‘Emergency’ circumvents process

Despite a meeting at Community Board 10 recently where Bronxites protested the Department of Homeless Services decision to move homeless families into a brand new Zerega building without prior notice, many are still dissatisfied.

From elected officials to community leaders, concern has is real regarding the lack of public notification and internal study and review of the facility’s location – a 38-unit building at 1564 St. Peters Avenue. Ten families, comprised of women and children, were moved in, and 28 more will follow.

Westchester Square-Zerega leader Sandi Lusk and others are holding a non-binding public meeting, to which representatives from DHS and the mayor’s office were invited.

It will take place at the Westchester Square Library, located at 2521 Glebe Avenue, starting at 2 p.m. on Saturday, September 12.

“The people are upset at the underhanded, sneaky way this facility was opened,” Lusk said. “It is an insult and slap in the face of the community and our elected officials, who were not notified.”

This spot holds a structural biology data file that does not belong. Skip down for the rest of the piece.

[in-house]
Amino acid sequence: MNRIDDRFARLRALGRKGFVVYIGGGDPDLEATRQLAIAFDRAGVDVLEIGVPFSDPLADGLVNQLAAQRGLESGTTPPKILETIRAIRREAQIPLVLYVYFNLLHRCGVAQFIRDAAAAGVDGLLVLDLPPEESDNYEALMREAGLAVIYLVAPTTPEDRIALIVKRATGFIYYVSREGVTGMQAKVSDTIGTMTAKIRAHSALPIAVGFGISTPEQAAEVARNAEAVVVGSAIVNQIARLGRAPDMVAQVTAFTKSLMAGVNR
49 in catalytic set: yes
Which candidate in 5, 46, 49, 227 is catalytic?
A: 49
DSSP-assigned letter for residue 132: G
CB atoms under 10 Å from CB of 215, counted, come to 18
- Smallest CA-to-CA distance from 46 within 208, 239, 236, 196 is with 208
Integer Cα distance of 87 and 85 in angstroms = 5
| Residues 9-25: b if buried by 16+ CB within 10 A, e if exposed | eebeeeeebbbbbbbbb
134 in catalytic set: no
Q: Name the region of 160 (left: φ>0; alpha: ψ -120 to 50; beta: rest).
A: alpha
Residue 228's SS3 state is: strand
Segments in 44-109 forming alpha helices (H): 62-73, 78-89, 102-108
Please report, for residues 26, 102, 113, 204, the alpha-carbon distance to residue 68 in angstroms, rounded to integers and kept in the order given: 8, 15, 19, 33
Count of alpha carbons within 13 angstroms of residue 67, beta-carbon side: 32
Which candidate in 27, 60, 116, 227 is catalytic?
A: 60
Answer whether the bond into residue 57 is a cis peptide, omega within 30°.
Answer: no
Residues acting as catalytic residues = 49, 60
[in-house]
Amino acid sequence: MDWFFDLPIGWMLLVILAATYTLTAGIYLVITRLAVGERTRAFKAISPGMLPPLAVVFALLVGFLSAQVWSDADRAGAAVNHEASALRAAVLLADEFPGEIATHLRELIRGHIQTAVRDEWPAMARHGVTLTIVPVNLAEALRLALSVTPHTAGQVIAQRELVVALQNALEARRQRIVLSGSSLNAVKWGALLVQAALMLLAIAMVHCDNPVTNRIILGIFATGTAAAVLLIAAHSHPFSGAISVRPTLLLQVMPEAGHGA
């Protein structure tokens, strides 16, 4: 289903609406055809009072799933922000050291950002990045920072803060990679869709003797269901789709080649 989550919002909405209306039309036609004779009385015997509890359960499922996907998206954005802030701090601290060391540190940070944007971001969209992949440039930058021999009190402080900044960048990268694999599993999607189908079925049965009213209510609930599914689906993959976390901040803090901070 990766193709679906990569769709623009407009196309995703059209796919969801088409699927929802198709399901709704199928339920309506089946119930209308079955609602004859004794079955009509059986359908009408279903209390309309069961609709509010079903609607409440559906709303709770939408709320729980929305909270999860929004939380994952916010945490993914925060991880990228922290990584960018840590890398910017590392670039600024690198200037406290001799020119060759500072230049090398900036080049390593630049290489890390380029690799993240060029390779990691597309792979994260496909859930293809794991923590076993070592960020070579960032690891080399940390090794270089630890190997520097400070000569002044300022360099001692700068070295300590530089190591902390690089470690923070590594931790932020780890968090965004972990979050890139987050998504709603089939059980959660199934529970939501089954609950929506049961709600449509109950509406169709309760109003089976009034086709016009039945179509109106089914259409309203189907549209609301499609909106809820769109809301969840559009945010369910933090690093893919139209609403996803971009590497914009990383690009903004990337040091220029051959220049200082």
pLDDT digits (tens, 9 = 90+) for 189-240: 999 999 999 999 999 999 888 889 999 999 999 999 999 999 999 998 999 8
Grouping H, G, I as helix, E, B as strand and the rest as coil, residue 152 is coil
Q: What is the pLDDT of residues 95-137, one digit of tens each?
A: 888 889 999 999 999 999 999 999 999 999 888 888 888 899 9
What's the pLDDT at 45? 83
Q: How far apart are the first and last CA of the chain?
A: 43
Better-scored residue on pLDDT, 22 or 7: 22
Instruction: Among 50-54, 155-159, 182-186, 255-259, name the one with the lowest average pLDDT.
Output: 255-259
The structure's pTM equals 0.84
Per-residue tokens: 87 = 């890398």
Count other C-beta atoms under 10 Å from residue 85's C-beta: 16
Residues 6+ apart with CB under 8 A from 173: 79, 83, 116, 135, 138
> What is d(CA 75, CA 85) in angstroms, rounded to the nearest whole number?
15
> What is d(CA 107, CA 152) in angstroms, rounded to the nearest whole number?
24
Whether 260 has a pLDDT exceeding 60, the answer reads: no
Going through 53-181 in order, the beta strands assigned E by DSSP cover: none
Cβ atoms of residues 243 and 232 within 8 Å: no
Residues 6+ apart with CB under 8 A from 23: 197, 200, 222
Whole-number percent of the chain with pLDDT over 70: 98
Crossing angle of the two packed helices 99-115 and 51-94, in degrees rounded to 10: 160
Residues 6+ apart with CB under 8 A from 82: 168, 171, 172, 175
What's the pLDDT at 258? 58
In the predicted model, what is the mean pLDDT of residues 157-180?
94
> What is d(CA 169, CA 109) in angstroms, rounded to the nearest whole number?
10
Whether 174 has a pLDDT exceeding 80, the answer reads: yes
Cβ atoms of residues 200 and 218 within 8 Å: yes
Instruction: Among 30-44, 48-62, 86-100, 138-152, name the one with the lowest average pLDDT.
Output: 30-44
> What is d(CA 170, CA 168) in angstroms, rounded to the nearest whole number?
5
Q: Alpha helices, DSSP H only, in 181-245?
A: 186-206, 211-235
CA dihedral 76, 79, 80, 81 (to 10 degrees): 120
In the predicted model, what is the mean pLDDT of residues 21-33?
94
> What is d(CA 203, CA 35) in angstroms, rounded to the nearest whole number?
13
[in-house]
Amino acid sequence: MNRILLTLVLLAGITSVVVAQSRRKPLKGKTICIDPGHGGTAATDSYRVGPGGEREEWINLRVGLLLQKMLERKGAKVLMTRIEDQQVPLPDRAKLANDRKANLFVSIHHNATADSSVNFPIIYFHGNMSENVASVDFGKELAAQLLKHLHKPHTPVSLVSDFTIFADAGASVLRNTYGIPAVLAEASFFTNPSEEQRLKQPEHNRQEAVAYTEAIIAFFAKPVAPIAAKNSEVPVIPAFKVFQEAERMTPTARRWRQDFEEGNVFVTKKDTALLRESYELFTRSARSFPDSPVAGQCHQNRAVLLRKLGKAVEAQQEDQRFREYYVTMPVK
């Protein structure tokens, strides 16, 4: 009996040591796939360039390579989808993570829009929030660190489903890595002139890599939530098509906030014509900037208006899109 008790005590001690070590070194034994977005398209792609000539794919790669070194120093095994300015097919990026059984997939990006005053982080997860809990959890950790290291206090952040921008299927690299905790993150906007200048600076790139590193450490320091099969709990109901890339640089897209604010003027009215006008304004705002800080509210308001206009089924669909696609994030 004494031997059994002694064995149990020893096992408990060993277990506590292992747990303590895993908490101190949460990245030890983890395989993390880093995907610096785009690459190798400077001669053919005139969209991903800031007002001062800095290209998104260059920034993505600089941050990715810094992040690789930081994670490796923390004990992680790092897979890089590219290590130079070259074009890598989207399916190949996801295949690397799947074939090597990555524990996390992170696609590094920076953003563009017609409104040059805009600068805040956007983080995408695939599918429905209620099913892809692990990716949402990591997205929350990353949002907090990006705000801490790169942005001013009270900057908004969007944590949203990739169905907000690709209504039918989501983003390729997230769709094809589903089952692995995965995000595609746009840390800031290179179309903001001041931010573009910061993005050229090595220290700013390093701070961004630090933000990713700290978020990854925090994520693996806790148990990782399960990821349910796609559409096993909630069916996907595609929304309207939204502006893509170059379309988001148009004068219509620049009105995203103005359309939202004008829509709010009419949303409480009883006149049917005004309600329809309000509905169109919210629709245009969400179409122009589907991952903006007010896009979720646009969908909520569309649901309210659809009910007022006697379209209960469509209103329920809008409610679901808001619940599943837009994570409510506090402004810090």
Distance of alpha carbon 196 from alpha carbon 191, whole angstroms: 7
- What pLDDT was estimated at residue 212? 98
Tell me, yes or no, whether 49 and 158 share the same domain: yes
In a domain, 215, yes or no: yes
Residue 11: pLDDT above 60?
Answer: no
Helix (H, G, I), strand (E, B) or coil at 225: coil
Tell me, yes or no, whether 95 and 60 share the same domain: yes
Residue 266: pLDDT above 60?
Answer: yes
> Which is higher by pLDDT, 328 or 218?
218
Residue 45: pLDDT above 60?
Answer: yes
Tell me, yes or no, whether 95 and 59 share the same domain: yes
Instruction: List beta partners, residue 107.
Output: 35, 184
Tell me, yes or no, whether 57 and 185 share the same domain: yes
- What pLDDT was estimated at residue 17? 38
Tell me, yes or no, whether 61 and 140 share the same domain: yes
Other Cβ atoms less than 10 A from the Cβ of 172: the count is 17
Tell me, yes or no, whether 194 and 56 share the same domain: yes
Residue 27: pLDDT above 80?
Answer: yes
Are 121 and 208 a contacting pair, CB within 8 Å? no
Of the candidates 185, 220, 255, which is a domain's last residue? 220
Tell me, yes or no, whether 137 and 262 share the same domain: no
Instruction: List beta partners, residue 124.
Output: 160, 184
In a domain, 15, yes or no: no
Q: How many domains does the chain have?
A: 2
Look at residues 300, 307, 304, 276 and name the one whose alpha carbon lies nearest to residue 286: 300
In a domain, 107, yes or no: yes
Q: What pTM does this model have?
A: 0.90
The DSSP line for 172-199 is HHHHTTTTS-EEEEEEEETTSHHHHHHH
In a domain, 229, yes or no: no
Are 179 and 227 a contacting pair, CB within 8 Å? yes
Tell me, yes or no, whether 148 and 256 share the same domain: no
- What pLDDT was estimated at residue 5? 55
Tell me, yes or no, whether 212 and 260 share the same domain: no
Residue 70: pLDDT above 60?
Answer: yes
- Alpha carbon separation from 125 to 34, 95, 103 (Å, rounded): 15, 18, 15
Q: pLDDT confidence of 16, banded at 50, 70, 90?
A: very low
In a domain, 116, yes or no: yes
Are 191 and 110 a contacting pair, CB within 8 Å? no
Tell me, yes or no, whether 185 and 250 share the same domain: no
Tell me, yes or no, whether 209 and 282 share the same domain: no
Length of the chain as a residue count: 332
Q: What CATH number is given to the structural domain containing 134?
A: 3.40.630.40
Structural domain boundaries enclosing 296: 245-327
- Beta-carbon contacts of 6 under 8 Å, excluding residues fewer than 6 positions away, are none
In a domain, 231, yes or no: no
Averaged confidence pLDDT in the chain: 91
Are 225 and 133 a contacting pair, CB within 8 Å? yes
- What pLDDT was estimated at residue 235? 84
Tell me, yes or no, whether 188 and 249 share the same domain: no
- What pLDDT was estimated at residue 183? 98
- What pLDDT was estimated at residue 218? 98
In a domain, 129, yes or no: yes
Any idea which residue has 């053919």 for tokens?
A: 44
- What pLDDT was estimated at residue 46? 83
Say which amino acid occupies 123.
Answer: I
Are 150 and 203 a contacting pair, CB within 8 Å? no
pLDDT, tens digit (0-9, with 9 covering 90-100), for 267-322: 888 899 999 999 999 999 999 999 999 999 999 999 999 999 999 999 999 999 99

Assemblyman Michael Benedetto said DHS’ lack of notification might be indicative of the management style of the current mayoral administration.

“There is a certain arrogance in this administration’s way of doing business,” Benedetto said. “This shelter will have a terrible impact on the community.”

Councilman Jimmy Vacca said that even if there is a homeless emergency, it does not excuse DHS from going through due process to open the facility. DHS labeled the current homeless situation an “emergency” to justify its move.

“If there is a citywide emergency with homelessness, why wasn’t one declared?” asked Vacca.

“Does using the word ‘emergency’ allow you to do whatever you want? DHS should have had the foresight to insure that this emergency didn’t occur. In the case of St. Peters Avenue, Deputy Mayor Linda Gibbs and Commissioner Robert Hess were wrong in how they proceeded and Mayor Bloomberg now has the opportunity to reverse this decision.”

A DHS spokeswoman said: “As a matter of right to shelter in New York, any family can walk into the intake center, 24-hours a day, seven-days a week, and be placed into a shelter within a matter of six to eight hours. A family in need of a roof over their head is an emergency, and we treat it as such. DHS is nimble and does its best to plan ahead, but sometimes we need to act quickly to meet our legally mandated right to shelter […].”

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